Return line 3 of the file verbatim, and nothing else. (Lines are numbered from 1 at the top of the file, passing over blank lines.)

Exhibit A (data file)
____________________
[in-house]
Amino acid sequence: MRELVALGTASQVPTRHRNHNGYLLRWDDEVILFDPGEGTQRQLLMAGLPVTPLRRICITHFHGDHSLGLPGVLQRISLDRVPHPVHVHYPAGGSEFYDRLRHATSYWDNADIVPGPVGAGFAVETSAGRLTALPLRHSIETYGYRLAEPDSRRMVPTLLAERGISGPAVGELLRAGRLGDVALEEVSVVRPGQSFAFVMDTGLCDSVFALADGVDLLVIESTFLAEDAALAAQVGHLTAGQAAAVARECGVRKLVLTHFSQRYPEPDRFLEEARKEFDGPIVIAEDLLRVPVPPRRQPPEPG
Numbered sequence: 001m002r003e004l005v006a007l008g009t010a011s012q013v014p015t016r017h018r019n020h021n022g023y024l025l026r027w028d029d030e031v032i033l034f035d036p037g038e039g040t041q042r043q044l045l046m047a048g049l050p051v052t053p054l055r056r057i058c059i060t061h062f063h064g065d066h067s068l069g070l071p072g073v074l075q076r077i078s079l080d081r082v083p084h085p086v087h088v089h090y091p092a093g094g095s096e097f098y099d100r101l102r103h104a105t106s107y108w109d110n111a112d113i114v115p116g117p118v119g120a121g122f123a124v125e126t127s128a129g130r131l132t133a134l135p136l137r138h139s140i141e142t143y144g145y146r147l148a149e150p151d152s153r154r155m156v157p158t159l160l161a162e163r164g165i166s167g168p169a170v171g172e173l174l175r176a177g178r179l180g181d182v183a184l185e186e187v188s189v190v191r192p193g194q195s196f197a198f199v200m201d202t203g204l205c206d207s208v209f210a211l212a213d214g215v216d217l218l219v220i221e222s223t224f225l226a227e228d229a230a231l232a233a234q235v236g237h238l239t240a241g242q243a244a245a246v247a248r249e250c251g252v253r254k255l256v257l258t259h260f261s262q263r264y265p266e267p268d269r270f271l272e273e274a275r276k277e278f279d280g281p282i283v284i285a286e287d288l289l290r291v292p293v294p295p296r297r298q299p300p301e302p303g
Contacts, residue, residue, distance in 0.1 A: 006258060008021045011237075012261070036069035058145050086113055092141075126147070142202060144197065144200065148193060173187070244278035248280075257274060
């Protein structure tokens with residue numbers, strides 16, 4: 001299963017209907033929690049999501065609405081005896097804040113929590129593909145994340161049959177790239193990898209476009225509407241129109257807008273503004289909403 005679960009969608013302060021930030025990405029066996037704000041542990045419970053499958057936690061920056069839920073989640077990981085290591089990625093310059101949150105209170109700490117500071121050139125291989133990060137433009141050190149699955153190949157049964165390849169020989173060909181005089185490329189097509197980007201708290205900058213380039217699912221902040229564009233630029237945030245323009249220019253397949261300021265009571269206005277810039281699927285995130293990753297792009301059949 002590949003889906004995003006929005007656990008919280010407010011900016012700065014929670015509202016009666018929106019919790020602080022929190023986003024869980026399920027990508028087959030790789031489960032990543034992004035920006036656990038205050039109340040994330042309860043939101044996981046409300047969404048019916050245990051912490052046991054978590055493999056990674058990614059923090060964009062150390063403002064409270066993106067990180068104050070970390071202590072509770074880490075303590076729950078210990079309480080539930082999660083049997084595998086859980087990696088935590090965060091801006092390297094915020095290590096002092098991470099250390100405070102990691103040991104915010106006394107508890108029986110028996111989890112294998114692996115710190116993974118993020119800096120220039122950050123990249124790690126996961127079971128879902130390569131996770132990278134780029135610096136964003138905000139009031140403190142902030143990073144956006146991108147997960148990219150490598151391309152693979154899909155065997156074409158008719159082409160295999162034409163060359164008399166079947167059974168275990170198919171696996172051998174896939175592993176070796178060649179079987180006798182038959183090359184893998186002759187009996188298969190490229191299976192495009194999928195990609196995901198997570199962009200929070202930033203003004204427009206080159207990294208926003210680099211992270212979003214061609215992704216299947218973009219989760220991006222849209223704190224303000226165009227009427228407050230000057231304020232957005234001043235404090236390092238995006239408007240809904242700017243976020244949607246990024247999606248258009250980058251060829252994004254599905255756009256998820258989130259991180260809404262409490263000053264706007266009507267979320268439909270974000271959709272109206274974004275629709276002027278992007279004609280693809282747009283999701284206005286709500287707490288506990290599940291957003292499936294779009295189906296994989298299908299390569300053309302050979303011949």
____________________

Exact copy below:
Numbered sequence: 001m002r003e004l005v006a007l008g009t010a011s012q013v014p015t016r017h018r019n020h021n022g023y024l025l026r027w028d029d030e031v032i033l034f035d036p037g038e039g040t041q042r043q044l045l046m047a048g049l050p051v052t053p054l055r056r057i058c059i060t061h062f063h064g065d066h067s068l069g070l071p072g073v074l075q076r077i078s079l080d081r082v083p084h085p086v087h088v089h090y091p092a093g094g095s096e097f098y099d100r101l102r103h104a105t106s107y108w109d110n111a112d113i114v115p116g117p118v119g120a121g122f123a124v125e126t127s128a129g130r131l132t133a134l135p136l137r138h139s140i141e142t143y144g145y146r147l148a149e150p151d152s153r154r155m156v157p158t159l160l161a162e163r164g165i166s167g168p169a170v171g172e173l174l175r176a177g178r179l180g181d182v183a184l185e186e187v188s189v190v191r192p193g194q195s196f197a198f199v200m201d202t203g204l205c206d207s208v209f210a211l212a213d214g215v216d217l218l219v220i221e222s223t224f225l226a227e228d229a230a231l232a233a234q235v236g237h238l239t240a241g242q243a244a245a246v247a248r249e250c251g252v253r254k255l256v257l258t259h260f261s262q263r264y265p266e267p268d269r270f271l272e273e274a275r276k277e278f279d280g281p282i283v284i285a286e287d288l289l290r291v292p293v294p295p296r297r298q299p300p301e302p303g